Facing the Drop.

Standing in the doctor’s office, watching the podiatrist work on Dad’s foot and processing what he has just told me, I feel as if we are all – my dad, Greg (his caregiver and the owner of the house where he lives), and I – perched at the top of a rollercoaster. Right before the drop we are poised to rocket down the steep slope, wheels rattling, gathering speed as we go. It is possible that something serious is about to start, and while normally, one would be apprehensive about a potential serious health issue, I find myself almost hoping for it – that the car the three of us have been in together for the last six years will start it’s slow forward motion.

To understand why a visit by Dad to the doctor is so momentous in the first place, you have to understand that he hasn’t left the vicinity of the house where he lives for a good three years or more. (Fortunately, his primary care doctor visits him at the house.) For years now, Dad’s health has disintegrated slowly; the Lewy Body dementia edging away at his mind, as his body gets more and more frail. He sleeps eight hours a day, doesn’t really walk much anymore, or speak, and doesn’t do anything for himself. However, nothing really dramatic has happened; aside from the dementia, he is so healthy – he just keeps ticking, like a watch. That’s how it’s been, for years, and I can’t  help but wonder, for how much longer? And yet here we are today, at the podiatrist’s office for a badly infected toe that hasn’t cleared up despite weeks of antibiotics and loving care.

When Greg pushed him through the door in the wheelchair, I could tell Dad was uncharacteristically wide awake and a little anxious. Thin, collapsed, face slack and hands limp, he hunched in the chair. When I bent my head to catch his eye and he focused on me, he smiled faintly and I felt so bad for him. We had a complicated relationship during my youth and young adulthood, but now, the worse he gets, the more tender I feel towards him. He doesn’t know who I am, which is fine; I feel the connection between us. Oddly, he doesn’t feel like my dad, it’s more like he’s a loved one I take care of. Seeing him immobilized in his chair made me remember his more lucid – and aggravating – years. I say aggravating because I could never be quite sure what his malfunctioning mind would tell him to do.

One afternoon, years ago, I arrived at his Assisted Living Facility only to find he was MIA. On his own reconnaissance, he had called a car salesman who had picked him up and taken Dad to look at potential vehicles for purchase. I drove out to look for them, with no luck, all the while suffering visions in my head of him driving a car. When he got back, I was furious with him, and scared, and I went home feeling like I was at the end of my rope, because there was really very little to stop him from doing it again (other than not having a phone anymore, which I removed from his room.) But as I looked at him today, I almost wished back his strong legs and willful attitude.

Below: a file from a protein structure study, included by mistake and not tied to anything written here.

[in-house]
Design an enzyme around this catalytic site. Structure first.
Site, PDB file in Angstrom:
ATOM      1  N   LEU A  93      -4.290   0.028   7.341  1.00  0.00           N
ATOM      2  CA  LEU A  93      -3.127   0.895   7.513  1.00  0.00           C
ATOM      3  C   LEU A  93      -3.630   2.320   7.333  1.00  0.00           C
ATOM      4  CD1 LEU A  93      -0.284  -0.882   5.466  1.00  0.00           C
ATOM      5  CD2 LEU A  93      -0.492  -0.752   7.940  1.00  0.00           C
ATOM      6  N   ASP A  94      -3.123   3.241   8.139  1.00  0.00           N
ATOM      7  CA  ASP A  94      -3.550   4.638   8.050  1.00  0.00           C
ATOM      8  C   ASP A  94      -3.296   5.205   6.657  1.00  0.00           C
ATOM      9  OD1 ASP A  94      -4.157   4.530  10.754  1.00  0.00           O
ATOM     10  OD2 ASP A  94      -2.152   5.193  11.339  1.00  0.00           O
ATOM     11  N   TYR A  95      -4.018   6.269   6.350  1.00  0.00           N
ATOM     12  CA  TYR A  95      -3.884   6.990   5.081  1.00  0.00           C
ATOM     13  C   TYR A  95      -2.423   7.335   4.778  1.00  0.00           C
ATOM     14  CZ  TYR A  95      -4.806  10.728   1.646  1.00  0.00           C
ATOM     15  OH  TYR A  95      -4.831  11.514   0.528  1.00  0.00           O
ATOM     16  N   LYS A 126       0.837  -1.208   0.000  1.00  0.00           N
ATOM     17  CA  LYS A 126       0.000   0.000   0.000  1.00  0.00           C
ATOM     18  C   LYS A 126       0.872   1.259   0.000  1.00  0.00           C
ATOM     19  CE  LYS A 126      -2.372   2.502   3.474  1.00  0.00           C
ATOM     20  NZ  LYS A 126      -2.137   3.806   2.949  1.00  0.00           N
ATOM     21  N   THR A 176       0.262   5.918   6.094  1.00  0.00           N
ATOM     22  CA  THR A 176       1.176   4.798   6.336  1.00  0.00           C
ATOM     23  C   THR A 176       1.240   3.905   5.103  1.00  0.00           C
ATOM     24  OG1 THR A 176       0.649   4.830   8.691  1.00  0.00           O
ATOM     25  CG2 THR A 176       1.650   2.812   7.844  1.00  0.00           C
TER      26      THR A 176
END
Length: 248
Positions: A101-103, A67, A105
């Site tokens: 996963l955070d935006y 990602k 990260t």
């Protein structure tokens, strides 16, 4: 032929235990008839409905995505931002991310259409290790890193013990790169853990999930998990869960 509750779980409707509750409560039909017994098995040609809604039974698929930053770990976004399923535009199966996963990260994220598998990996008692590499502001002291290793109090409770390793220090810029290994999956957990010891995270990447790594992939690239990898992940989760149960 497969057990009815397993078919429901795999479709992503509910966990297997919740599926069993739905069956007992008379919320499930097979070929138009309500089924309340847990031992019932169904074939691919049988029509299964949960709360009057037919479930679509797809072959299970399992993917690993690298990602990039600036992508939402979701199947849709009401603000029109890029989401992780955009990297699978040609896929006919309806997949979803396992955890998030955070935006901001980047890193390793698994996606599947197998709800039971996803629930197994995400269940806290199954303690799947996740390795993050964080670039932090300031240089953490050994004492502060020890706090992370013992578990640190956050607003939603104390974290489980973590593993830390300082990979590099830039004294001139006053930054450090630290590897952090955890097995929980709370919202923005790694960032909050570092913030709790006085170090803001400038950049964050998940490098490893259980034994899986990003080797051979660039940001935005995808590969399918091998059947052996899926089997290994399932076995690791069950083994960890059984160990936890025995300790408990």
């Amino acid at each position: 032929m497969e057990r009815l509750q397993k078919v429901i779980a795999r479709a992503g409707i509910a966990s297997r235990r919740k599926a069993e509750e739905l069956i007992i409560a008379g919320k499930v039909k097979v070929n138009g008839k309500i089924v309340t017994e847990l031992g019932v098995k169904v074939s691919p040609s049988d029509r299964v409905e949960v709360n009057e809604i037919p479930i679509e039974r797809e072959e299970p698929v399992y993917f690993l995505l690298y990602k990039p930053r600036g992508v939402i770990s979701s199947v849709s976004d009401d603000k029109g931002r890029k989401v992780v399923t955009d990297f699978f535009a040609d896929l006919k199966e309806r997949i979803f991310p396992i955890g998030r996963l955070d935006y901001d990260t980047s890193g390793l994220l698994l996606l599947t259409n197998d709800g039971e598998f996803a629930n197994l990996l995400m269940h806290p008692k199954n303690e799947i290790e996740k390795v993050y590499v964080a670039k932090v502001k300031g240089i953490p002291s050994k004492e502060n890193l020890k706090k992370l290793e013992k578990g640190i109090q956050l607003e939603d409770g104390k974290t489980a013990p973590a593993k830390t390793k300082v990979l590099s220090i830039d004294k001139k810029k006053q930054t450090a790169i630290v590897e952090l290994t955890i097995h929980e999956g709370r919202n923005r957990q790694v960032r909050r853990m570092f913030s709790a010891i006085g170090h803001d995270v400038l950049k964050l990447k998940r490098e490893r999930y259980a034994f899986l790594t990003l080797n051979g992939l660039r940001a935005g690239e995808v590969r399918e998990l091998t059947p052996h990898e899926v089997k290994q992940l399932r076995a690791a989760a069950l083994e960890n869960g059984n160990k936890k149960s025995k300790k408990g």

Struggling to get him out of his wheelchair and into the exam chair, poor Greg had to support nearly all of his weight. I held Dad’s hands and rubbed his arm, catching his attention periodically and smiling at him so he would smile back, trying to distract him as much as possible. We had to carefully watch his face for pain since he can’t speak anymore. The doctor numbed his foot and clipped off most of his big toenail and then called my attention to something else. Apparently, Dad has a tumor under his toenail that could be melanoma: the doctor recommended an MRI within two weeks. He finished his work, bandaged Dad up, and we transferred him back into his wheelchair and into Greg’s car.

Of course, I’m wondering how this MRI is going to go because if it took this much effort to get him into the exam chair I can only imagine what placing him – and keeping him – in an MRI machine is going to be like. And I wonder whether this might be it, that thing I’ve been waiting for, knowing it had to come, that is going to take him away. He has had this disease now for at least fifteen years, and yet he has so rarely changed, and there has been so little for me to do, personal care-wise, that I wonder if it’s time to start gearing up for something big. I’ve helped other caregivers with these problems – I know what to do – and maybe now is our time. I am poised to spring into action, utility belt at the ready.

What I do know for sure is that I know he would hate all of this, and I hate it for him. He wouldn’t want to live like this, if he knew, and sometimes I feel like he does know, on some level. The religious beliefs he held so firmly in health tell me that no medical intervention would be welcomed or desired, even in dire illness. He wouldn’t even have gone to this doctor. So I might soon be making some difficult decisions, and action might be taken, and roles might be changing, and some things might be ending. But I won’t know for another few weeks, whether this is the thing, and our car is about to begin that final journey down the track. Nonetheless, I find myself looking down, and hoping it will start – and I find myself wishing for speed.

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